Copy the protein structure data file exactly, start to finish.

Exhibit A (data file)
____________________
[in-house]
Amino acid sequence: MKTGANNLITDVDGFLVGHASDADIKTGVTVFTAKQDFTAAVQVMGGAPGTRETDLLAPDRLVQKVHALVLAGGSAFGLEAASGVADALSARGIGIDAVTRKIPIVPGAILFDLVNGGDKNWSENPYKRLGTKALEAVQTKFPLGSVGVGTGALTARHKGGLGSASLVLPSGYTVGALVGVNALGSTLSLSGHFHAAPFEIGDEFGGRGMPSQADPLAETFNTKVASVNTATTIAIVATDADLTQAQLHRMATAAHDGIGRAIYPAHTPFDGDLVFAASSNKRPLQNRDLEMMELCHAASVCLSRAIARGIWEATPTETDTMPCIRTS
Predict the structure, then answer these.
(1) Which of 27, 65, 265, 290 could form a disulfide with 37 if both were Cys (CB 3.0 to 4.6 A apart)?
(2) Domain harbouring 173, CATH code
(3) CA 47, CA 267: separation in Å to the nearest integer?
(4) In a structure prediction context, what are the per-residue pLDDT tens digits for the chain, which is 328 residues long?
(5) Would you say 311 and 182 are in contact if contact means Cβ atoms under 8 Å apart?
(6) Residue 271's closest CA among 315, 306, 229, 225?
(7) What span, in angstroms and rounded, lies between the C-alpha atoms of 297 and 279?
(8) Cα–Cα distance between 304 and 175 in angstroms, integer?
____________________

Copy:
[in-house]
Amino acid sequence: MKTGANNLITDVDGFLVGHASDADIKTGVTVFTAKQDFTAAVQVMGGAPGTRETDLLAPDRLVQKVHALVLAGGSAFGLEAASGVADALSARGIGIDAVTRKIPIVPGAILFDLVNGGDKNWSENPYKRLGTKALEAVQTKFPLGSVGVGTGALTARHKGGLGSASLVLPSGYTVGALVGVNALGSTLSLSGHFHAAPFEIGDEFGGRGMPSQADPLAETFNTKVASVNTATTIAIVATDADLTQAQLHRMATAAHDGIGRAIYPAHTPFDGDLVFAASSNKRPLQNRDLEMMELCHAASVCLSRAIARGIWEATPTETDTMPCIRTS
Predict the structure, then answer these.
(1) Which of 27, 65, 265, 290 could form a disulfide with 37 if both were Cys (CB 3.0 to 4.6 A apart)?
(2) Domain harbouring 173, CATH code
(3) CA 47, CA 267: separation in Å to the nearest integer?
(4) In a structure prediction context, what are the per-residue pLDDT tens digits for the chain, which is 328 residues long?
(5) Would you say 311 and 182 are in contact if contact means Cβ atoms under 8 Å apart?
(6) Residue 271's closest CA among 315, 306, 229, 225?
(7) What span, in angstroms and rounded, lies between the C-alpha atoms of 297 and 279?
(8) Cα–Cα distance between 304 and 175 in angstroms, integer?